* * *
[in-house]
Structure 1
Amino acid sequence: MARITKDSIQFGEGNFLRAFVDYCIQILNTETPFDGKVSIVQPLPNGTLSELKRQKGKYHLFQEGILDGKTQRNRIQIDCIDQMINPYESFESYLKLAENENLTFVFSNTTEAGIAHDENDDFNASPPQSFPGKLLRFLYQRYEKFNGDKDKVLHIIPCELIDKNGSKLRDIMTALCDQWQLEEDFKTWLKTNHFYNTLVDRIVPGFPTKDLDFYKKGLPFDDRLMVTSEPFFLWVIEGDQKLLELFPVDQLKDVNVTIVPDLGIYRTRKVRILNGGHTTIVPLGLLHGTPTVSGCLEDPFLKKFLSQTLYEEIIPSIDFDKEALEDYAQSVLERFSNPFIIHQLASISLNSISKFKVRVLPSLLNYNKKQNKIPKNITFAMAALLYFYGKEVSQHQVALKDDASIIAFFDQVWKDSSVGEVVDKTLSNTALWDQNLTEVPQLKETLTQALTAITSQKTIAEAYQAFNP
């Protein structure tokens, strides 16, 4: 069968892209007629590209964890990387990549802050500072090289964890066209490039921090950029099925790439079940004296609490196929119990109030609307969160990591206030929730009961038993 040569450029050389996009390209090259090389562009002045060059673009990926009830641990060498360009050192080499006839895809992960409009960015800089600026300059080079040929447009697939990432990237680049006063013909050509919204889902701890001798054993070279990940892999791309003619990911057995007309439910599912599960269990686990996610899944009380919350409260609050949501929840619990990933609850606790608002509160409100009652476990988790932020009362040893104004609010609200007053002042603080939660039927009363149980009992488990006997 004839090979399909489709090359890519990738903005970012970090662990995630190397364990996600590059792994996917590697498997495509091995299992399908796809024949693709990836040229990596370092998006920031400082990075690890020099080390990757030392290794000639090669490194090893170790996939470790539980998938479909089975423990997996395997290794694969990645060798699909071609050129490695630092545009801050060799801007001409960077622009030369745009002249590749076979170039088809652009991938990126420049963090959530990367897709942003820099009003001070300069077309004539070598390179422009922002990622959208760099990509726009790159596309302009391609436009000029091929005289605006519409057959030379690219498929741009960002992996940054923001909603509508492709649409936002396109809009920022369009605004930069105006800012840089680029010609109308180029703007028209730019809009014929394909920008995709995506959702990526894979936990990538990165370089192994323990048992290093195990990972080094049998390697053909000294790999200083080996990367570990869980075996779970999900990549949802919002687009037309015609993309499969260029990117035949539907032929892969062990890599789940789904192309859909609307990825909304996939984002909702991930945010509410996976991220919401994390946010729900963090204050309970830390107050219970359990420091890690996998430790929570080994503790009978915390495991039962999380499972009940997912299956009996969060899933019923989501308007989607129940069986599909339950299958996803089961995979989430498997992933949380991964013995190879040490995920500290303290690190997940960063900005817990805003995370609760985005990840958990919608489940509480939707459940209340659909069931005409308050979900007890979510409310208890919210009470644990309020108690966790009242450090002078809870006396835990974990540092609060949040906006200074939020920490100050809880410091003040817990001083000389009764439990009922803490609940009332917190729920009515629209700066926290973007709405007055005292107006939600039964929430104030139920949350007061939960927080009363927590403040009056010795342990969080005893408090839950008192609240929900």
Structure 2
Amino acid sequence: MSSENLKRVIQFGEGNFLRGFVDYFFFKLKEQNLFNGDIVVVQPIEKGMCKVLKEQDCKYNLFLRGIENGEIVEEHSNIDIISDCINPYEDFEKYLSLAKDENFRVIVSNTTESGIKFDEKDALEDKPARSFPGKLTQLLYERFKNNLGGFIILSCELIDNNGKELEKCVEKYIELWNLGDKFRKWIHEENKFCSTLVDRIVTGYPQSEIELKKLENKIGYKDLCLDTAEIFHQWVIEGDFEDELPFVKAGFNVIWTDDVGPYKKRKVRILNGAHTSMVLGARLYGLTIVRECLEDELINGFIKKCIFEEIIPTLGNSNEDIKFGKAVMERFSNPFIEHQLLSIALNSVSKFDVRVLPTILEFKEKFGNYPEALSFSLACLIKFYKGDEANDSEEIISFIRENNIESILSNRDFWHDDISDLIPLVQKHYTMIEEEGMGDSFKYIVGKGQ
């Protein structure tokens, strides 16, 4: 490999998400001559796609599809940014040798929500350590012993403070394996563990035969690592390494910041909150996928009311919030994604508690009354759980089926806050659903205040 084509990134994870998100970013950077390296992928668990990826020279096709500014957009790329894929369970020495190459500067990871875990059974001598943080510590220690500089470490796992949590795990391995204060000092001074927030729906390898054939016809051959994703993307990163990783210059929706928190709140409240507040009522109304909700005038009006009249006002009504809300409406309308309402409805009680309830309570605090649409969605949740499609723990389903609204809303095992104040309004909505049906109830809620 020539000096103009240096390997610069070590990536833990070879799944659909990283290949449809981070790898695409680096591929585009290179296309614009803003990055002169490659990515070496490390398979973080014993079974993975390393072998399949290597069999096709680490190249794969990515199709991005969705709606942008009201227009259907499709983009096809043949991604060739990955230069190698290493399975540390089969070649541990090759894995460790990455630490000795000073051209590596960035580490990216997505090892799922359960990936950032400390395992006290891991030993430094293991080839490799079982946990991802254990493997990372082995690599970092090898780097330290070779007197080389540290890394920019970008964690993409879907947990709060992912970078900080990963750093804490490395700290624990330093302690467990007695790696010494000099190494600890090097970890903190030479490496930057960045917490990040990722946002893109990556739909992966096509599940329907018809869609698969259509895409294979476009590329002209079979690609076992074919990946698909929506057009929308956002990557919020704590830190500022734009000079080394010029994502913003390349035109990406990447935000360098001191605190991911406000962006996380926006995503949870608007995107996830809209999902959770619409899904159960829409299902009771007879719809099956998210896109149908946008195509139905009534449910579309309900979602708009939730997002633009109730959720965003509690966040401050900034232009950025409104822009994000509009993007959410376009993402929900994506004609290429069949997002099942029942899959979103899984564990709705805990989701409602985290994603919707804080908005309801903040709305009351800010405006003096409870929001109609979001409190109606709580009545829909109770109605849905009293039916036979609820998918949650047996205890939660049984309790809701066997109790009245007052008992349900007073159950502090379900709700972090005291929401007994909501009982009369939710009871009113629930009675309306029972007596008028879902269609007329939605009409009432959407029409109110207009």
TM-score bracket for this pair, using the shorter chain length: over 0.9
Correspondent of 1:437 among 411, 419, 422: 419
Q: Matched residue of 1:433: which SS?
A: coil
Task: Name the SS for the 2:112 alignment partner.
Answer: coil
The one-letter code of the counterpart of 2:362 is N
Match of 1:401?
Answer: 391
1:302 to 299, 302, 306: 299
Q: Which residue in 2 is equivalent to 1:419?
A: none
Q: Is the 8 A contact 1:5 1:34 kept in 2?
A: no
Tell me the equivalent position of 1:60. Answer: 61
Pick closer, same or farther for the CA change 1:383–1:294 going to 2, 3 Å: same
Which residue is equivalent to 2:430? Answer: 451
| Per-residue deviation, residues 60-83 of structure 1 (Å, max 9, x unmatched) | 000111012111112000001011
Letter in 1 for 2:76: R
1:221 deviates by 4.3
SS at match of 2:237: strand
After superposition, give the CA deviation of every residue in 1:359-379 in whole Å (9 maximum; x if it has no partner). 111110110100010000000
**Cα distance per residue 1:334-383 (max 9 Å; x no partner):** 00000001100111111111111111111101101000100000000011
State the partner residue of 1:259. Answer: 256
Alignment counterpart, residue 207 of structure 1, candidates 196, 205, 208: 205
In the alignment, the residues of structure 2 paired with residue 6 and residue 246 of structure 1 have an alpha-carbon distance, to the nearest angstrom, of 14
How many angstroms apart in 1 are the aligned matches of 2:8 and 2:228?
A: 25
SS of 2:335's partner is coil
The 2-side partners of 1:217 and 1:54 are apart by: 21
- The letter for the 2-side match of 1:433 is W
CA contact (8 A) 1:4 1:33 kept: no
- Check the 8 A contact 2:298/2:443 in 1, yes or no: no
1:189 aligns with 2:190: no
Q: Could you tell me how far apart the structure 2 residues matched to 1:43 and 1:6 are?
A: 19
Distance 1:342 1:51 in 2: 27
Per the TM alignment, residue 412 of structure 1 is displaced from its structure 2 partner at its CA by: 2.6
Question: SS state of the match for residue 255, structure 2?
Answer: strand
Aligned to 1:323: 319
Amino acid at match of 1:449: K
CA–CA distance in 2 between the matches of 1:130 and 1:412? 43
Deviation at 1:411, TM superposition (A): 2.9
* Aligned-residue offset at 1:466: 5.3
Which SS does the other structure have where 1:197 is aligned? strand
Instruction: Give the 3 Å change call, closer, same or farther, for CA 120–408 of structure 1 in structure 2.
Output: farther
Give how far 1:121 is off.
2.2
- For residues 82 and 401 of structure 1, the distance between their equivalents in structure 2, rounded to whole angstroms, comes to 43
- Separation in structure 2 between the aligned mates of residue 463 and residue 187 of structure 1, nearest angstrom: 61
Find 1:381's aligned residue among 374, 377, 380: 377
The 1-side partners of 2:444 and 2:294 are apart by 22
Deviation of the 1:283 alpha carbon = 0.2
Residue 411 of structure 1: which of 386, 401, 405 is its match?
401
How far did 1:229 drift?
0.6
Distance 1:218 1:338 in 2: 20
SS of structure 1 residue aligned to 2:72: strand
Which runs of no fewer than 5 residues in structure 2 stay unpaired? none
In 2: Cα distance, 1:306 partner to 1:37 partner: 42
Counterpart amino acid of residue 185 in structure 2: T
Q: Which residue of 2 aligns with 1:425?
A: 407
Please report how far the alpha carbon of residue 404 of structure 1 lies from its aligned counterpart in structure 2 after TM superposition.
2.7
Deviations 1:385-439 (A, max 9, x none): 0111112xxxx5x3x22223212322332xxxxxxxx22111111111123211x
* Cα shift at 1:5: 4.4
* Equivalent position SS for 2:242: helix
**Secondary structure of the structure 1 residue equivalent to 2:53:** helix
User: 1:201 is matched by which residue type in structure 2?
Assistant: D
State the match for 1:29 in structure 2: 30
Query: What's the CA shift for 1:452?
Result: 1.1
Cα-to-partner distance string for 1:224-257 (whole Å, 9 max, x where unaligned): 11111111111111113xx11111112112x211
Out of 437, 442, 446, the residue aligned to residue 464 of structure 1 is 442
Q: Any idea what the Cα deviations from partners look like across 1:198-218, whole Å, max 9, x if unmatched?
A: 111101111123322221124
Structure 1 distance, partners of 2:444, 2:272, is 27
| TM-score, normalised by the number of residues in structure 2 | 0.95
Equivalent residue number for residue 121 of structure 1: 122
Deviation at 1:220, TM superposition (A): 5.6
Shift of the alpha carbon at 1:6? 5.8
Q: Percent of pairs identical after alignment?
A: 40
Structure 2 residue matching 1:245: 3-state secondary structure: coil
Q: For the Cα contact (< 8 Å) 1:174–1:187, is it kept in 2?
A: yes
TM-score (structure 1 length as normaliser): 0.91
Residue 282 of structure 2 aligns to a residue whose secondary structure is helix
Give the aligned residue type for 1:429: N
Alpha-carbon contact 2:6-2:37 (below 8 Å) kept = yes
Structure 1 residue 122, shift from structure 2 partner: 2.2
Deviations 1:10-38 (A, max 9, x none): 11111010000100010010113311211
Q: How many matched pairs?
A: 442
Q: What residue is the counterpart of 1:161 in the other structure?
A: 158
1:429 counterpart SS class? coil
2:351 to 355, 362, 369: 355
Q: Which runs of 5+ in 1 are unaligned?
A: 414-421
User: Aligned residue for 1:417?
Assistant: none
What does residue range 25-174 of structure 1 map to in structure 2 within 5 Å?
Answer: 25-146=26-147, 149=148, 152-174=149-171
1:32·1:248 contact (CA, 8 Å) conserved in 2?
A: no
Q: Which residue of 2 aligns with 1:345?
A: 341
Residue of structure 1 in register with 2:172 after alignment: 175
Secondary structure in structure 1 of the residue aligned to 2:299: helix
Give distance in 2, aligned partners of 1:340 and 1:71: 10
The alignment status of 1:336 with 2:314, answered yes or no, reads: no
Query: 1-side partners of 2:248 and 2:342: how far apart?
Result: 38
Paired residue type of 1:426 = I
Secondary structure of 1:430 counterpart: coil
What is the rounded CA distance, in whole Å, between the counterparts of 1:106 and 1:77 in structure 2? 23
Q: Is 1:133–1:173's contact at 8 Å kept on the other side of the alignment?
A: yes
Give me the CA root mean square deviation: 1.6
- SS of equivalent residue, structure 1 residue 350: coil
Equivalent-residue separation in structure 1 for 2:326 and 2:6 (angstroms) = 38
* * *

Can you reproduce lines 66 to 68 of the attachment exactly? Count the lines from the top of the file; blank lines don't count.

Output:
0.6
Distance 1:218 1:338 in 2: 20
SS of structure 1 residue aligned to 2:72: strand